Agricultural Commodities Agreement With The U.s. (1957)

These different components of foreign economic policy are inseparable. Actions taken on one component have an impact on one or more other components. No one can be treated in isolation. They form an integrated whole. However, these three political issues are not beginning to exhaust the immense range of economic issues dealt with in our international relations. There is the complex and difficult area of aviation policy. There are problems of navigation, telecommunications, elimination of agricultural surpluses, currency exchange, east-west trade and special problems related to important raw materials such as oil, cotton, wheat and rubber. Our participation in the economic programmes of the United Nations is a theme in itself. Today`s foreign policy is imbued with the economy, and in all these activities, the government aspires to closer cooperation with other peoples for the mutual benefit of them and us. The problems of the less developed countries are much more difficult than those of Western Europe. Many of them are already overcrowded compared to their low level of production. In addition, populations are growing rapidly, as mortality rates [page 65] fall sharply with the introduction of low-cost health measures. Capital is lacking and domestic savings are low.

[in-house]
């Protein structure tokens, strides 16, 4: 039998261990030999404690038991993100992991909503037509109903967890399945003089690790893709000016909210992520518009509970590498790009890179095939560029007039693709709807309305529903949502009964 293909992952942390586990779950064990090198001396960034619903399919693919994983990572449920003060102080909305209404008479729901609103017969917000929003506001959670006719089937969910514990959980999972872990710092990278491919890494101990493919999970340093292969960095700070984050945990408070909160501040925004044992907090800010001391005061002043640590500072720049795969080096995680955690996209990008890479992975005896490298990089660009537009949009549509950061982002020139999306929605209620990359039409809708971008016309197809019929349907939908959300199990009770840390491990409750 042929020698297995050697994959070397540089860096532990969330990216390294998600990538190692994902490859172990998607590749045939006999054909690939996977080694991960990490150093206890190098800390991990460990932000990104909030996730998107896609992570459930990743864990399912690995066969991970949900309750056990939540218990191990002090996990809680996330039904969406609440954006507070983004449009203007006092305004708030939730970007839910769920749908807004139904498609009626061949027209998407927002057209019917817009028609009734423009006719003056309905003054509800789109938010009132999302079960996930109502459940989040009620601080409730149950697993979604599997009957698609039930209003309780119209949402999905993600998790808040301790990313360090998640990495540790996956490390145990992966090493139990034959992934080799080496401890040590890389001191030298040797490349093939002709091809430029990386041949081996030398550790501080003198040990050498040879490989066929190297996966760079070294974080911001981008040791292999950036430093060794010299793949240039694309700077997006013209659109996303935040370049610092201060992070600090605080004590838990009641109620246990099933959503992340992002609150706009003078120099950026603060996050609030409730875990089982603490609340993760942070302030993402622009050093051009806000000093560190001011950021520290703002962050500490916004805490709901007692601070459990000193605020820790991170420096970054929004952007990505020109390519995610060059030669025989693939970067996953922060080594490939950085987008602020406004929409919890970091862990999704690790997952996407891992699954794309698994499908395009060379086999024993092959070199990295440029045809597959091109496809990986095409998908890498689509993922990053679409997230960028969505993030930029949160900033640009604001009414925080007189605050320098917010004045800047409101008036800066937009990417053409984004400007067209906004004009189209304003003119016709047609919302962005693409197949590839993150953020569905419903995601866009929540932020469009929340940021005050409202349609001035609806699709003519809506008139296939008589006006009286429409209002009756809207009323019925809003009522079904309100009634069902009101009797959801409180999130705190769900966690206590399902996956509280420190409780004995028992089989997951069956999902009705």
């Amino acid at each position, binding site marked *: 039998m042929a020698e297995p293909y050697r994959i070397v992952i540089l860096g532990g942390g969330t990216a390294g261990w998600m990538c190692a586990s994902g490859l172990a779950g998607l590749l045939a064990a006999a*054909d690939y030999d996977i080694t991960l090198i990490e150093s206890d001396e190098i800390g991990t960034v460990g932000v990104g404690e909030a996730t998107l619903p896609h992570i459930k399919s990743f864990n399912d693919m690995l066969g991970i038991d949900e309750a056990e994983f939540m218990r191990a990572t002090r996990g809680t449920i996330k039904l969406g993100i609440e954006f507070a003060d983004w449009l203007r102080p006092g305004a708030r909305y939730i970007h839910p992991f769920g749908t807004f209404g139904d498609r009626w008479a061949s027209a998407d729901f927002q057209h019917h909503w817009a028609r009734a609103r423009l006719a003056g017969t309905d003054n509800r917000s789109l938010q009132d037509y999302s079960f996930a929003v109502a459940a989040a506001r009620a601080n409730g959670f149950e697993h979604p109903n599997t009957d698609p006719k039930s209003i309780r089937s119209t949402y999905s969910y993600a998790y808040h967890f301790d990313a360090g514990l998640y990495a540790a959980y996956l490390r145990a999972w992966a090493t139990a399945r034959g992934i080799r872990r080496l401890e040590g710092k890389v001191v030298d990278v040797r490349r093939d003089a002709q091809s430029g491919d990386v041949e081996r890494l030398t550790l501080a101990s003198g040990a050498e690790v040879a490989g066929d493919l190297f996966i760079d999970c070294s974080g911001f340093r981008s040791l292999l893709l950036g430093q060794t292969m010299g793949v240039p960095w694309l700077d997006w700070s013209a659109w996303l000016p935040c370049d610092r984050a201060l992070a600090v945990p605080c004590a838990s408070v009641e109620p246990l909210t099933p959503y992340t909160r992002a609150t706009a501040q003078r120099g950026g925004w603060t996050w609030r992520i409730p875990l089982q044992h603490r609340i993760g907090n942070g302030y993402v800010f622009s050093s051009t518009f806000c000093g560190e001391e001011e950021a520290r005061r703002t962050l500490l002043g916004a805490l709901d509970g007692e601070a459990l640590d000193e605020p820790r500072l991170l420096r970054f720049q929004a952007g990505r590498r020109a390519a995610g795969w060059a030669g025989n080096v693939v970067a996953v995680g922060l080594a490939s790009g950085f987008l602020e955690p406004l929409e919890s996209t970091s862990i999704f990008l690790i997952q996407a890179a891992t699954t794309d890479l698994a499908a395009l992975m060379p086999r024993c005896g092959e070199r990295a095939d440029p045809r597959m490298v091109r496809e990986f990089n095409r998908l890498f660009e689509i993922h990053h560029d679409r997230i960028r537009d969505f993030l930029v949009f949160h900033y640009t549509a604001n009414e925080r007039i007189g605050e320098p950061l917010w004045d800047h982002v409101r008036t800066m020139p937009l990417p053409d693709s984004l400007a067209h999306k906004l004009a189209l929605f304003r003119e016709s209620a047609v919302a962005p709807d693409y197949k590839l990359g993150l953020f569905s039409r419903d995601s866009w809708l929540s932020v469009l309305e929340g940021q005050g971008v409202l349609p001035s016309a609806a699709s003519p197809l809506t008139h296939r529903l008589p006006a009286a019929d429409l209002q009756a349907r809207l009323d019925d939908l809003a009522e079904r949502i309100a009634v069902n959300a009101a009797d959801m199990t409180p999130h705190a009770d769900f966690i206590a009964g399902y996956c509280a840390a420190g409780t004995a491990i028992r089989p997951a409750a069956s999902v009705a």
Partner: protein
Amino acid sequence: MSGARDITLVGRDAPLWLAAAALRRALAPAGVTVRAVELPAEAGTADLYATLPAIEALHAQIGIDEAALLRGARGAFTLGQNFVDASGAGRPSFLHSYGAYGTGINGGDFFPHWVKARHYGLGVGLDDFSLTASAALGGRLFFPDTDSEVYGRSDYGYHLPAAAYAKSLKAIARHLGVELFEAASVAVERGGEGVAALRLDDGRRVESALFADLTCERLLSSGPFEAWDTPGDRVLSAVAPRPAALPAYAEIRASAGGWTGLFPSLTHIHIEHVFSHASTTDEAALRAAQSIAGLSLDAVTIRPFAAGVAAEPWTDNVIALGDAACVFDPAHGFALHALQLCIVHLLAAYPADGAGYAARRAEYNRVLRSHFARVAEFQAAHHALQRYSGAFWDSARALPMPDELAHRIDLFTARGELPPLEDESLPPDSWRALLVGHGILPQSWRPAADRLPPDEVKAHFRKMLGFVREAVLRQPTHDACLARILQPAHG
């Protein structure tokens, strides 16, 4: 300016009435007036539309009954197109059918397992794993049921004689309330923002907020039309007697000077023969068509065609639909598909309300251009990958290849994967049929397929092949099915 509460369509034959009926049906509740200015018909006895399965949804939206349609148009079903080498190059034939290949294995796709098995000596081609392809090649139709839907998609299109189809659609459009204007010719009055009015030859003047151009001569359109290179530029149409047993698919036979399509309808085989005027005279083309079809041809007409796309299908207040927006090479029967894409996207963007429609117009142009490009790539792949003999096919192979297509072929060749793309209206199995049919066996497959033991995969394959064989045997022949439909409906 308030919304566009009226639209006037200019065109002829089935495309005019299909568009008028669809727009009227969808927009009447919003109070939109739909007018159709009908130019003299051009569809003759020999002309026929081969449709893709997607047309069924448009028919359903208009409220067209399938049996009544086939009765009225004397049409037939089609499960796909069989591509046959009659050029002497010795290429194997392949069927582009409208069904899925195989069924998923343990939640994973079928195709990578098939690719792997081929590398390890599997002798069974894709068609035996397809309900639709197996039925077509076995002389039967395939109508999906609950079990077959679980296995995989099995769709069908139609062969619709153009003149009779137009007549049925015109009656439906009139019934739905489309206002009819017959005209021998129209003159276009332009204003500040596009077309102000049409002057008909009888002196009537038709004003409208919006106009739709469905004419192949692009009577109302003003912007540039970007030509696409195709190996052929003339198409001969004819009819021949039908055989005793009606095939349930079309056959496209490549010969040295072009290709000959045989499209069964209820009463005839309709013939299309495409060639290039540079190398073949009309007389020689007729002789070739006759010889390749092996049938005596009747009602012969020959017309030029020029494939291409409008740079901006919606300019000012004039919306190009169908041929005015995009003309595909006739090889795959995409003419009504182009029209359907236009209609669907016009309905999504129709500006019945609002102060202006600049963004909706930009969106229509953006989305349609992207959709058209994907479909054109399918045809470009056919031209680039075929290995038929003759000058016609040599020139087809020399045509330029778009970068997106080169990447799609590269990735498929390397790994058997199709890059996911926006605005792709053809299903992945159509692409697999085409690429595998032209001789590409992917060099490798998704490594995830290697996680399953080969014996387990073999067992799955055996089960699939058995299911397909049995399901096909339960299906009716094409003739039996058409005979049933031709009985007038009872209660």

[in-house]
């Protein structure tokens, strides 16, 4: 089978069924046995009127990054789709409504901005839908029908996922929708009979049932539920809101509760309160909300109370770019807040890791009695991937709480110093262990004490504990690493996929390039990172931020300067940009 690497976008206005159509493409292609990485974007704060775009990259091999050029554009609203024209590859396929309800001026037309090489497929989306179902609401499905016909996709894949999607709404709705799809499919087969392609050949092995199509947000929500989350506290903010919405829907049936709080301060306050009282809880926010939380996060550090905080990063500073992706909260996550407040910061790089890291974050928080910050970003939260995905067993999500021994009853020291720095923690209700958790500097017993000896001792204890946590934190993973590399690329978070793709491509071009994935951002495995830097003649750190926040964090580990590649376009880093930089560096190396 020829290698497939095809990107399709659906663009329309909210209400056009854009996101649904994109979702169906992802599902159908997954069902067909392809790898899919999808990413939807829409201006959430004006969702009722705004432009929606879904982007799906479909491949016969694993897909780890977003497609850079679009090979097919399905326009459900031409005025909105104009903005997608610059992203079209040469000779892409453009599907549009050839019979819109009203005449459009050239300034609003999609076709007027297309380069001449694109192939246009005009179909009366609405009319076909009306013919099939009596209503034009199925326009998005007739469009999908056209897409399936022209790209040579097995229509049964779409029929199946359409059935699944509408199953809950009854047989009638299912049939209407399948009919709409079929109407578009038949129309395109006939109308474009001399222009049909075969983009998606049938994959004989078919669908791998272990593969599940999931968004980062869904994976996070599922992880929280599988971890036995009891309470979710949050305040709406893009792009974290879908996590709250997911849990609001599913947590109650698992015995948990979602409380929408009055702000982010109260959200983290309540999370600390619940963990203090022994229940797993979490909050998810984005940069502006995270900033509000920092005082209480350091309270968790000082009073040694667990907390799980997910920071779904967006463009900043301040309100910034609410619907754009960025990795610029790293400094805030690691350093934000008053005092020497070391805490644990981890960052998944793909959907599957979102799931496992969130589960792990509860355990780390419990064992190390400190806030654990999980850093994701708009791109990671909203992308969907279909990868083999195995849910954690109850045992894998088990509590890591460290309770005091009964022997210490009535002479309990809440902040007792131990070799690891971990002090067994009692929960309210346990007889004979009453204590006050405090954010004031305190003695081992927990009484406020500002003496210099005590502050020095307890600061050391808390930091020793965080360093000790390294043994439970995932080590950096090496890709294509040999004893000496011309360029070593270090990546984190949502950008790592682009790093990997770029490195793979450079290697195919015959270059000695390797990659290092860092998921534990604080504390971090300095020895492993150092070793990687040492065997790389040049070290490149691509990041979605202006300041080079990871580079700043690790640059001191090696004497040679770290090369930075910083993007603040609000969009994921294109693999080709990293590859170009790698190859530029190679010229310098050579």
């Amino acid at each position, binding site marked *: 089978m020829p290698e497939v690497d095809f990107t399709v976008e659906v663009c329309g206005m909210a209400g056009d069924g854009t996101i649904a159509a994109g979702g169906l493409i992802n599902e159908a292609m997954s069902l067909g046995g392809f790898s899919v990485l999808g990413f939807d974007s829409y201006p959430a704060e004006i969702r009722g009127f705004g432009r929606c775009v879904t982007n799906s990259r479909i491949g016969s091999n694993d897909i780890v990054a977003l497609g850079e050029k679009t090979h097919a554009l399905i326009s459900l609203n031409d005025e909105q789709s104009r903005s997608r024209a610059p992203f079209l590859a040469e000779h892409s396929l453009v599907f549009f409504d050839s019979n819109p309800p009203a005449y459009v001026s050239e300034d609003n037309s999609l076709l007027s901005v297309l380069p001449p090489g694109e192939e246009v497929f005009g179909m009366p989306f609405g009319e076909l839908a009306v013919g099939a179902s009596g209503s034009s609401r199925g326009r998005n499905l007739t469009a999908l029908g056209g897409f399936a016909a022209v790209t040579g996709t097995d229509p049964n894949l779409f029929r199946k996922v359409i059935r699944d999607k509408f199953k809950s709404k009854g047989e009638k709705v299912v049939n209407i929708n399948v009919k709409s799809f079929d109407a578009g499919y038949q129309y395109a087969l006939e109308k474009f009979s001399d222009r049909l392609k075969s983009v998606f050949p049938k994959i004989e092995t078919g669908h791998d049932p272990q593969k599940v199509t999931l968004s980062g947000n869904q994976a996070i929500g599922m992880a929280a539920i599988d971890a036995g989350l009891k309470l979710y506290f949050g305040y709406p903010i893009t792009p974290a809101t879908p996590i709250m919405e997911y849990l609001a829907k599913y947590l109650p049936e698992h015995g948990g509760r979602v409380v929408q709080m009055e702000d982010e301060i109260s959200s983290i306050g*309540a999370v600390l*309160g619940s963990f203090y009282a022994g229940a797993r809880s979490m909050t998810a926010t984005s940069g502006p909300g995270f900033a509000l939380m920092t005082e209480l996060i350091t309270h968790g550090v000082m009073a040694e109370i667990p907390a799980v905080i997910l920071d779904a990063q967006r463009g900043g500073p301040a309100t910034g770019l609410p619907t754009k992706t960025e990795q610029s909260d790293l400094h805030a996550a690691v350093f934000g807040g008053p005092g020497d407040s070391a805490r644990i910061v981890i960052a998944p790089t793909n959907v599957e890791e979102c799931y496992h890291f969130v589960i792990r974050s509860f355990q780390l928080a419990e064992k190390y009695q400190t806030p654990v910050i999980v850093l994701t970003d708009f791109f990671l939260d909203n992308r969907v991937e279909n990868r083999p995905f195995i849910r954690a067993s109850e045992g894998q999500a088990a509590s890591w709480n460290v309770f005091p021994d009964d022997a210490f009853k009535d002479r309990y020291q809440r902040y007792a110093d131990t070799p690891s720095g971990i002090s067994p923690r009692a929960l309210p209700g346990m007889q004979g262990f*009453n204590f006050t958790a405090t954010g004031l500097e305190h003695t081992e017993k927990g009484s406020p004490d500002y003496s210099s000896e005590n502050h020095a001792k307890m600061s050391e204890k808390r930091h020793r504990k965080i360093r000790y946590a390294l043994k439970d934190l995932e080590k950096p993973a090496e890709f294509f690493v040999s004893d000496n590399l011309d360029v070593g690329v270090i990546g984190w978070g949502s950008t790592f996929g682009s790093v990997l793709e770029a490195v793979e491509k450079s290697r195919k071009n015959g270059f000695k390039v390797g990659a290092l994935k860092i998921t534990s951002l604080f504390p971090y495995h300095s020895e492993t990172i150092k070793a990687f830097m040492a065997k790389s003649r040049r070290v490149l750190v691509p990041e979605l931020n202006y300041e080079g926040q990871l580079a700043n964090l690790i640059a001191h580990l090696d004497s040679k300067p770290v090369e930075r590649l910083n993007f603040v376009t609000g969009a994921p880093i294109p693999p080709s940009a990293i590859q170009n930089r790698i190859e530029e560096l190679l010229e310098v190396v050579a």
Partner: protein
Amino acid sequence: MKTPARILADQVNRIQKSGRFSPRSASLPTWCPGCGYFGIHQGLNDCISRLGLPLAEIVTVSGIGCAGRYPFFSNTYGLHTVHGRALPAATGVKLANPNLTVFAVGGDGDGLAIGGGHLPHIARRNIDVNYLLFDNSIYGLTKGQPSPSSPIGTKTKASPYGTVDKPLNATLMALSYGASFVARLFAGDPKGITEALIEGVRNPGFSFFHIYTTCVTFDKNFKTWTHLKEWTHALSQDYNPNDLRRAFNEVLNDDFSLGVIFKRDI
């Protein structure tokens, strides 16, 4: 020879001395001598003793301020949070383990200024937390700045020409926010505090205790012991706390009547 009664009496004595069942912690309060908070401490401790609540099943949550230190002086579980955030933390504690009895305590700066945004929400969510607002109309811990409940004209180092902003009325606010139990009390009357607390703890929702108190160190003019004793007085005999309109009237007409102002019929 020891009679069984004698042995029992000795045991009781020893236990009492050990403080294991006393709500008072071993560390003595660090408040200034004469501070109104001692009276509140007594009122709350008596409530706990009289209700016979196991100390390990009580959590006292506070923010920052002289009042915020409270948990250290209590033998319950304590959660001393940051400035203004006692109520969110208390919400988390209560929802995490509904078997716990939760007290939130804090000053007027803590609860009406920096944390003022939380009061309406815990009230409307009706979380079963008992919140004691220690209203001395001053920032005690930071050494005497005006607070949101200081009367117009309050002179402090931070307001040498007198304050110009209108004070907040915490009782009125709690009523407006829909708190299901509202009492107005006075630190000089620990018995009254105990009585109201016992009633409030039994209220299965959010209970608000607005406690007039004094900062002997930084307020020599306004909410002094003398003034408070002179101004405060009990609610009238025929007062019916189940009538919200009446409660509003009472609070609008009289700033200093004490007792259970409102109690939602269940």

The workforce must acquire the basic skills necessary for a modern economy. These requirements range from learning to read simple instructions to strengthening the high-level workforce, especially management, supervisory, technical and scientific talents. An entrepreneurial or entrepreneurial class must be created or expanded. In general, fundamental changes are needed in attitudes and institutions. Many of these problems can only be solved slowly and require long-term and persevering action to solve them. The GATT and the IMF are important forums for taking into account the differences that often occur today between friendly countries in the field of trade and payments. These differences result largely from the fact that governments that try to protect the industrial, agricultural or financial resources of their countries take measures contrary to the objectives of other nations. The overall objective of U.S. foreign economic policy is identical to that of our general foreign policy and, indeed, the overall policy of the U.S. government: to protect and promote the national interest, to enhance the security and well-being of the United States and its people.

In the interest of U.S. economic growth — the development of foreign markets and sources of supply — and to support foreign economic growth, the United States has encouraged private capital outflows. Industries are particularly sensitive to import competition. A sudden increase in imports can have relatively large effects on their production, profits and employment. . . . .



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